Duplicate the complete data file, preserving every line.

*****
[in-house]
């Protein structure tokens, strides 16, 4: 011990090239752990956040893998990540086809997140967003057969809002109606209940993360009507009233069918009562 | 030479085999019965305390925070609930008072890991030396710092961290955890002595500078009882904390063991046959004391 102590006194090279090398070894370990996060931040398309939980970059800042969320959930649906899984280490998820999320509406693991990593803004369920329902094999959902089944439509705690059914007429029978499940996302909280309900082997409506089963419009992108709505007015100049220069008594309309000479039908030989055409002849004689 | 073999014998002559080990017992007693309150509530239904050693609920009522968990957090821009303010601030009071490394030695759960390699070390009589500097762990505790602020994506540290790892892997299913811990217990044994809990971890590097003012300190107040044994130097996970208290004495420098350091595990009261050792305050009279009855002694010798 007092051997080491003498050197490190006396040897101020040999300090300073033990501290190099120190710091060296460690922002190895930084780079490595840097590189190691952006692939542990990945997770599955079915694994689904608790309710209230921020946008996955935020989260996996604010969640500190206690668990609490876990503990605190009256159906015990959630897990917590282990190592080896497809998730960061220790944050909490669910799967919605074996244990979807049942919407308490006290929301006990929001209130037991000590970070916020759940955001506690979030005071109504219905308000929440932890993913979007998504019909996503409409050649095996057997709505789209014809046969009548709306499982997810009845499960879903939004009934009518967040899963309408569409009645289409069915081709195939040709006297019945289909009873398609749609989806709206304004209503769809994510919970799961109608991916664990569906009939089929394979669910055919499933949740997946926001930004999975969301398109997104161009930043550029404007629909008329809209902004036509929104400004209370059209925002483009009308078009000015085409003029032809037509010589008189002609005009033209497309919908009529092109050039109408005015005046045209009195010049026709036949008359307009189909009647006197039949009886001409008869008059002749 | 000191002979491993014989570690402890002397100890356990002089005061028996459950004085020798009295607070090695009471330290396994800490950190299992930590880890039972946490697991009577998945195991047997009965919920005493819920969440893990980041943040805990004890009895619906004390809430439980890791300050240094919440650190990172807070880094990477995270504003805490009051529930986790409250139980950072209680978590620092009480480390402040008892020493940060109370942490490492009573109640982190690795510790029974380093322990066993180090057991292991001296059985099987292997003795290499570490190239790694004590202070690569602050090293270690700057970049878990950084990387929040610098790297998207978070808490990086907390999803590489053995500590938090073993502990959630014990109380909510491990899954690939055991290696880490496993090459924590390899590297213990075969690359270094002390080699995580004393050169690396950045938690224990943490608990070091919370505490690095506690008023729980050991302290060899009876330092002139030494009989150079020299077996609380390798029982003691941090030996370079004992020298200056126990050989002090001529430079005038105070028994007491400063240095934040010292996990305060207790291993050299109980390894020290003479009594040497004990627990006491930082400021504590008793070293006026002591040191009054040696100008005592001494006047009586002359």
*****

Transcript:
[in-house]
């Protein structure tokens, strides 16, 4: 011990090239752990956040893998990540086809997140967003057969809002109606209940993360009507009233069918009562 | 030479085999019965305390925070609930008072890991030396710092961290955890002595500078009882904390063991046959004391 102590006194090279090398070894370990996060931040398309939980970059800042969320959930649906899984280490998820999320509406693991990593803004369920329902094999959902089944439509705690059914007429029978499940996302909280309900082997409506089963419009992108709505007015100049220069008594309309000479039908030989055409002849004689 | 073999014998002559080990017992007693309150509530239904050693609920009522968990957090821009303010601030009071490394030695759960390699070390009589500097762990505790602020994506540290790892892997299913811990217990044994809990971890590097003012300190107040044994130097996970208290004495420098350091595990009261050792305050009279009855002694010798 007092051997080491003498050197490190006396040897101020040999300090300073033990501290190099120190710091060296460690922002190895930084780079490595840097590189190691952006692939542990990945997770599955079915694994689904608790309710209230921020946008996955935020989260996996604010969640500190206690668990609490876990503990605190009256159906015990959630897990917590282990190592080896497809998730960061220790944050909490669910799967919605074996244990979807049942919407308490006290929301006990929001209130037991000590970070916020759940955001506690979030005071109504219905308000929440932890993913979007998504019909996503409409050649095996057997709505789209014809046969009548709306499982997810009845499960879903939004009934009518967040899963309408569409009645289409069915081709195939040709006297019945289909009873398609749609989806709206304004209503769809994510919970799961109608991916664990569906009939089929394979669910055919499933949740997946926001930004999975969301398109997104161009930043550029404007629909008329809209902004036509929104400004209370059209925002483009009308078009000015085409003029032809037509010589008189002609005009033209497309919908009529092109050039109408005015005046045209009195010049026709036949008359307009189909009647006197039949009886001409008869008059002749 | 000191002979491993014989570690402890002397100890356990002089005061028996459950004085020798009295607070090695009471330290396994800490950190299992930590880890039972946490697991009577998945195991047997009965919920005493819920969440893990980041943040805990004890009895619906004390809430439980890791300050240094919440650190990172807070880094990477995270504003805490009051529930986790409250139980950072209680978590620092009480480390402040008892020493940060109370942490490492009573109640982190690795510790029974380093322990066993180090057991292991001296059985099987292997003795290499570490190239790694004590202070690569602050090293270690700057970049878990950084990387929040610098790297998207978070808490990086907390999803590489053995500590938090073993502990959630014990109380909510491990899954690939055991290696880490496993090459924590390899590297213990075969690359270094002390080699995580004393050169690396950045938690224990943490608990070091919370505490690095506690008023729980050991302290060899009876330092002139030494009989150079020299077996609380390798029982003691941090030996370079004992020298200056126990050989002090001529430079005038105070028994007491400063240095934040010292996990305060207790291993050299109980390894020290003479009594040497004990627990006491930082400021504590008793070293006026002591040191009054040696100008005592001494006047009586002359």